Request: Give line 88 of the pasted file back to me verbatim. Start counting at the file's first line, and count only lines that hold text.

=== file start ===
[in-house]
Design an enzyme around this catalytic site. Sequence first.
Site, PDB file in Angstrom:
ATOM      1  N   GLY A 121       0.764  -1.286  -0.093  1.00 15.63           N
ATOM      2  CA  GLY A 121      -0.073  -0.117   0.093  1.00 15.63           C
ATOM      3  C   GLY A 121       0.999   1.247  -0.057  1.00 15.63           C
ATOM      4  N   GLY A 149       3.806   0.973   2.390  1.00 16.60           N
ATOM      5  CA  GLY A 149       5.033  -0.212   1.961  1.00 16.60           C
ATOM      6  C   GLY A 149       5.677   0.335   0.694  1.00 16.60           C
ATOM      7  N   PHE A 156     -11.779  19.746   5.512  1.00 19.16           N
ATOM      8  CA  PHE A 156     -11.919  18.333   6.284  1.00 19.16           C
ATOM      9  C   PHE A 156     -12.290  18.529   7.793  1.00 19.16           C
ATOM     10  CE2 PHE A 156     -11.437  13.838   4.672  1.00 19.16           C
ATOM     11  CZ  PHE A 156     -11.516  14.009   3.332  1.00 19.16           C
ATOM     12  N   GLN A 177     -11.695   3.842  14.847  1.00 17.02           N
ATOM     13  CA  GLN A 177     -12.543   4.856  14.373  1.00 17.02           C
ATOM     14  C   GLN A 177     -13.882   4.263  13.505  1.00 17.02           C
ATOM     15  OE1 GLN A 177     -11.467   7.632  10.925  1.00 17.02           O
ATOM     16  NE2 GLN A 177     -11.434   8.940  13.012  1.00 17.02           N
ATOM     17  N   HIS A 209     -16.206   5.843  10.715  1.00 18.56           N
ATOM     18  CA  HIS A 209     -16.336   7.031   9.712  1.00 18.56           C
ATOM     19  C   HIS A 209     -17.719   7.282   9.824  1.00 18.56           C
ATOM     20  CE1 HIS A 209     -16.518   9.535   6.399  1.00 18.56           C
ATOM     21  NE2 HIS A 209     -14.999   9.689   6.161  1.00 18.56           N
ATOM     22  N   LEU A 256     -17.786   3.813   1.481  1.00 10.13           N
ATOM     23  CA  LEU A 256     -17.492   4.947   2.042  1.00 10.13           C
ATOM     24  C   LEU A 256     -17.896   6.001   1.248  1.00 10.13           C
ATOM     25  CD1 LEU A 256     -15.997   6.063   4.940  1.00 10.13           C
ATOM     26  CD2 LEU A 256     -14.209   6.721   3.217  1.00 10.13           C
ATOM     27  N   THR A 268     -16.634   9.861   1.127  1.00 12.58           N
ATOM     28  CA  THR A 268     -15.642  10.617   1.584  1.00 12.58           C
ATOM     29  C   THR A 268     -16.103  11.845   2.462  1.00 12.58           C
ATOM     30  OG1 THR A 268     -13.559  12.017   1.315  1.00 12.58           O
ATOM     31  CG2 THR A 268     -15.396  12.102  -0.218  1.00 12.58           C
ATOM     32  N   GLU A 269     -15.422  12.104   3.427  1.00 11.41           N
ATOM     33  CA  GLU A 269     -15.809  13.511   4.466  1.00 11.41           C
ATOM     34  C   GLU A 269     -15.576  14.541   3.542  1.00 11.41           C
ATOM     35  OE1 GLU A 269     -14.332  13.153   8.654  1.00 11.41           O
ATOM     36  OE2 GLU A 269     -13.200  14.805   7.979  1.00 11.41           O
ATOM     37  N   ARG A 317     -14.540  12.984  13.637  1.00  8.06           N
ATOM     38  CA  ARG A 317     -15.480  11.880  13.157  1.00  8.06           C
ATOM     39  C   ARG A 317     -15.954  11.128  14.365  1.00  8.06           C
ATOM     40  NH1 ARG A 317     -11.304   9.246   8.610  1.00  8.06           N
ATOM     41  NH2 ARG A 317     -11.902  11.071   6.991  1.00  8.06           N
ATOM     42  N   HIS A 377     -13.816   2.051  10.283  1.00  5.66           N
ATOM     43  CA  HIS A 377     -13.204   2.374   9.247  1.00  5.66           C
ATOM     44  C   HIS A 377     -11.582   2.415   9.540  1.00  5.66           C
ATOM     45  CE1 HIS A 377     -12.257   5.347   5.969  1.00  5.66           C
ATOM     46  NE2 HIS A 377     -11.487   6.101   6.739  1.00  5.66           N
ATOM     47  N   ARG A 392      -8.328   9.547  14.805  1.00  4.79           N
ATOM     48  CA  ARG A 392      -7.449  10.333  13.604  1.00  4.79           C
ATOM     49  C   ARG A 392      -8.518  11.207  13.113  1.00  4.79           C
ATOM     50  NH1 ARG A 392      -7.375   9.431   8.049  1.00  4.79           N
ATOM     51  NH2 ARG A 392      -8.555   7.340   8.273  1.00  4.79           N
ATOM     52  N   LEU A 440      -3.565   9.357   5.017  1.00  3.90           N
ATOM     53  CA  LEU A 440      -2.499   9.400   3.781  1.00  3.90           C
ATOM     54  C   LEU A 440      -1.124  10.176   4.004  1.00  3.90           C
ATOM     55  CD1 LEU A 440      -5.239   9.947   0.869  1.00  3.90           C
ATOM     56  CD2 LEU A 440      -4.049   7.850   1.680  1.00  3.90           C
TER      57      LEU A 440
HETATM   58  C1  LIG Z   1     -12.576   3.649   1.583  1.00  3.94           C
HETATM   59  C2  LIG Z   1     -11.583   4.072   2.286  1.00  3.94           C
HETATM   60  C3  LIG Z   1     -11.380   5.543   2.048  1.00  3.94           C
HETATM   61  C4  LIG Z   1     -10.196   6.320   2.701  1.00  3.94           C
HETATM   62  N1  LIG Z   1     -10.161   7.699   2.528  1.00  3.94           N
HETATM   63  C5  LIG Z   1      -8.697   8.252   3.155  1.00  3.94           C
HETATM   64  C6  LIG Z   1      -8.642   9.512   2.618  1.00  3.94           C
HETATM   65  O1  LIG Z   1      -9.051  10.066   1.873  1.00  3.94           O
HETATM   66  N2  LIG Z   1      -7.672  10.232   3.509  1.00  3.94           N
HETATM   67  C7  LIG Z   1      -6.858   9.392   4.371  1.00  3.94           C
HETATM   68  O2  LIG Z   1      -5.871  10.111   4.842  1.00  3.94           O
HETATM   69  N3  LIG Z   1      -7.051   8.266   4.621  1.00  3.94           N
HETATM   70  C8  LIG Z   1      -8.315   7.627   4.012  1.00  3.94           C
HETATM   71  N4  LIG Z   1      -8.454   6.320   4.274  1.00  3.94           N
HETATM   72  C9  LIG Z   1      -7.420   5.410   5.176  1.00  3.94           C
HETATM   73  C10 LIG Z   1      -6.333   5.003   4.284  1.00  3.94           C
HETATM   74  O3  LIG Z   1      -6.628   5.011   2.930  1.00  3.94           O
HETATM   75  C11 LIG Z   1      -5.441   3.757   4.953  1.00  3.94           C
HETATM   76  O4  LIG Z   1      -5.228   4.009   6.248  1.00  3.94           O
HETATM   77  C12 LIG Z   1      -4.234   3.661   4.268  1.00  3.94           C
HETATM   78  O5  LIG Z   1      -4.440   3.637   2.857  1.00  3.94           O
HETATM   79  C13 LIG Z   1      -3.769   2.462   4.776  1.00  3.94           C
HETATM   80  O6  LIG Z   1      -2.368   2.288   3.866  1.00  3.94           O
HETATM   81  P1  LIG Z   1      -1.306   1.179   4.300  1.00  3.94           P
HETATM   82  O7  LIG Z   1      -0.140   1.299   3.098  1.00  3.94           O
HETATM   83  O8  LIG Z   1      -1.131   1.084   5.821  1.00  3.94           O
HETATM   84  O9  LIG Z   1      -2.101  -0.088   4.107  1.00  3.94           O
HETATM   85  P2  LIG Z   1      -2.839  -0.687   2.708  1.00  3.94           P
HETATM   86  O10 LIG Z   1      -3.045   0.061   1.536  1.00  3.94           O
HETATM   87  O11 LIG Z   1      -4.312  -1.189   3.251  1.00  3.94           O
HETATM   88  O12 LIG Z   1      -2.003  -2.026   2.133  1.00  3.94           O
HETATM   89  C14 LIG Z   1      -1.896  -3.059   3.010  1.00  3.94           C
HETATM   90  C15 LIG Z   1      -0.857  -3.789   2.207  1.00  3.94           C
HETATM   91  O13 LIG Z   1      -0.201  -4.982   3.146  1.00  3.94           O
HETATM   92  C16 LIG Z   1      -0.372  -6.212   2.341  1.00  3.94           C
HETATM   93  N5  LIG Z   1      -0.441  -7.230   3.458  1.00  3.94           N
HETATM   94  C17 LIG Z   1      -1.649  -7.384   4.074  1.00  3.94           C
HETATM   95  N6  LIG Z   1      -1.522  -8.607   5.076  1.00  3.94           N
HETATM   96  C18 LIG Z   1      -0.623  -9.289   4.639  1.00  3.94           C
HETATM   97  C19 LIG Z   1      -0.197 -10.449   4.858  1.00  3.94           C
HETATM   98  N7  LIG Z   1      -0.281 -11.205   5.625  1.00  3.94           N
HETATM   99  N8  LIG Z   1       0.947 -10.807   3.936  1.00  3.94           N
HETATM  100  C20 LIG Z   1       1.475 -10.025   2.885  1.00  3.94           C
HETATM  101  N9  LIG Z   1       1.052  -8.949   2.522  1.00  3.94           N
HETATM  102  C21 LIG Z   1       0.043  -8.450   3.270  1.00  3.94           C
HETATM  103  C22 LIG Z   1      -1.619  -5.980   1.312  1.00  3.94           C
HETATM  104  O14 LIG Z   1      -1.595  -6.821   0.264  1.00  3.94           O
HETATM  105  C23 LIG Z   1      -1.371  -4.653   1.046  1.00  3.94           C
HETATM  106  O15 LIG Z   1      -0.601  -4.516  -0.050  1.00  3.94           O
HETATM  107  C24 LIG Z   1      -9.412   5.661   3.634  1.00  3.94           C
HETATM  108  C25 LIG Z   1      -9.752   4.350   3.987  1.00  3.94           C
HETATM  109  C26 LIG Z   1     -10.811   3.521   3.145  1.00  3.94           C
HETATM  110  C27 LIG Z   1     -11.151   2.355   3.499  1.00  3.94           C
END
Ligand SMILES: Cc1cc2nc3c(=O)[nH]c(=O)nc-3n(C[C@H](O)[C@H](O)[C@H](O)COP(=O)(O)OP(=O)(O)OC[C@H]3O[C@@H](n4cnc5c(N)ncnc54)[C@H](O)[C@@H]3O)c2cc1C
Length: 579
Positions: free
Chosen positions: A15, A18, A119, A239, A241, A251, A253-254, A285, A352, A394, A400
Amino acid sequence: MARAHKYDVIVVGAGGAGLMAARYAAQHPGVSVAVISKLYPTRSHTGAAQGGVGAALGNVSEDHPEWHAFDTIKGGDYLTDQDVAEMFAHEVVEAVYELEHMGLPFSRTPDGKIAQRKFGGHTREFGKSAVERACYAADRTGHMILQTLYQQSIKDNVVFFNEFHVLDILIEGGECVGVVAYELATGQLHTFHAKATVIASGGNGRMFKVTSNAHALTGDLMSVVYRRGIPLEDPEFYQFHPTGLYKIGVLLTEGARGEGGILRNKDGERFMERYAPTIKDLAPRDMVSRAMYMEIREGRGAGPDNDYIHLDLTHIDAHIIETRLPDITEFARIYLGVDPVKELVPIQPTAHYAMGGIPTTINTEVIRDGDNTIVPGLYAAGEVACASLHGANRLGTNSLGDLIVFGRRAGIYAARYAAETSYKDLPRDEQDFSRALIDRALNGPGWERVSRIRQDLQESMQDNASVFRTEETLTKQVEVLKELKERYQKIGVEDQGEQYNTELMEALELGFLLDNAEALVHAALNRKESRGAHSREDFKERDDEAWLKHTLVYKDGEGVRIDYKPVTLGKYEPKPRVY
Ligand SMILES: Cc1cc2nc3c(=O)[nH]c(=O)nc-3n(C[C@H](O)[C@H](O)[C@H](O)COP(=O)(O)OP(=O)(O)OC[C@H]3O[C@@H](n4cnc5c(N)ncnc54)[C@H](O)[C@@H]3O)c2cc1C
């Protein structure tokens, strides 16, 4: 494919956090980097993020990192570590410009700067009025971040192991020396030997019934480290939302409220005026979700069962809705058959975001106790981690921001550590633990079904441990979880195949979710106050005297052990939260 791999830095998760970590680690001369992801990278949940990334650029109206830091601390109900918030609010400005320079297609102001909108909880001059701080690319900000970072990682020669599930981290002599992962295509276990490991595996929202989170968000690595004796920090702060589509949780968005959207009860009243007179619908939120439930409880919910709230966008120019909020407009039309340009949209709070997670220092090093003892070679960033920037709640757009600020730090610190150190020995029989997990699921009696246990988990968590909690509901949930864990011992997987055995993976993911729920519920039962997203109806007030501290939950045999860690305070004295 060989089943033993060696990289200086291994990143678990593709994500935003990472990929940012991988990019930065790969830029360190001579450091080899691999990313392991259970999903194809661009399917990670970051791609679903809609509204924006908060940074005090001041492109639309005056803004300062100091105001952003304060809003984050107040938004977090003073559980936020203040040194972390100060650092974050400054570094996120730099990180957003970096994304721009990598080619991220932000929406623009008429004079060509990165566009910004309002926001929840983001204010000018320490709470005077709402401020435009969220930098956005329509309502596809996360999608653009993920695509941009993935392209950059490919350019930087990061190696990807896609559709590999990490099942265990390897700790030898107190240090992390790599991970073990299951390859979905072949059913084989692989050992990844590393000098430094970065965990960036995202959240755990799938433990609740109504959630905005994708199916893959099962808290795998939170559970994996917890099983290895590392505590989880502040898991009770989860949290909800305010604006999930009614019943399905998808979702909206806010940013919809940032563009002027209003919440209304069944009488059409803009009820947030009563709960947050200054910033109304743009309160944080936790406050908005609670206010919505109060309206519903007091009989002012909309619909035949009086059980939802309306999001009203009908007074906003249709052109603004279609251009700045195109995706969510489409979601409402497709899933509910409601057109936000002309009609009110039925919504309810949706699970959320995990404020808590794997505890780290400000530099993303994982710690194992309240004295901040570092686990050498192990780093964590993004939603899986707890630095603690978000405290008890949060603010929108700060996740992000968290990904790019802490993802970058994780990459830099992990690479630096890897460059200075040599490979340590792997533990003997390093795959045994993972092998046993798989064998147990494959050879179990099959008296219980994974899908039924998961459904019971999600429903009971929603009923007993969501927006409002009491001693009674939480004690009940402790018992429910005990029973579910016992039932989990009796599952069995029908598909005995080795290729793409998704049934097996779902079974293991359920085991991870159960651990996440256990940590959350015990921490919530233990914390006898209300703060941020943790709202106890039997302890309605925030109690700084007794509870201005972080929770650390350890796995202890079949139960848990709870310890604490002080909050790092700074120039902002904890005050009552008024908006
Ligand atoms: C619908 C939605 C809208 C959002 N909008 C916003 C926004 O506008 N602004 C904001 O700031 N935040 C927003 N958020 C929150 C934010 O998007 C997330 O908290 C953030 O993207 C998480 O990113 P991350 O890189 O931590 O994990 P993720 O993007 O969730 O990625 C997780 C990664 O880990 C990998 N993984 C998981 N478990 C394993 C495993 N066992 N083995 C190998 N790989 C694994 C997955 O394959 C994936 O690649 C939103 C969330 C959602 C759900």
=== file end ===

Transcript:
HETATM   85  P2  LIG Z   1      -2.839  -0.687   2.708  1.00  3.94           P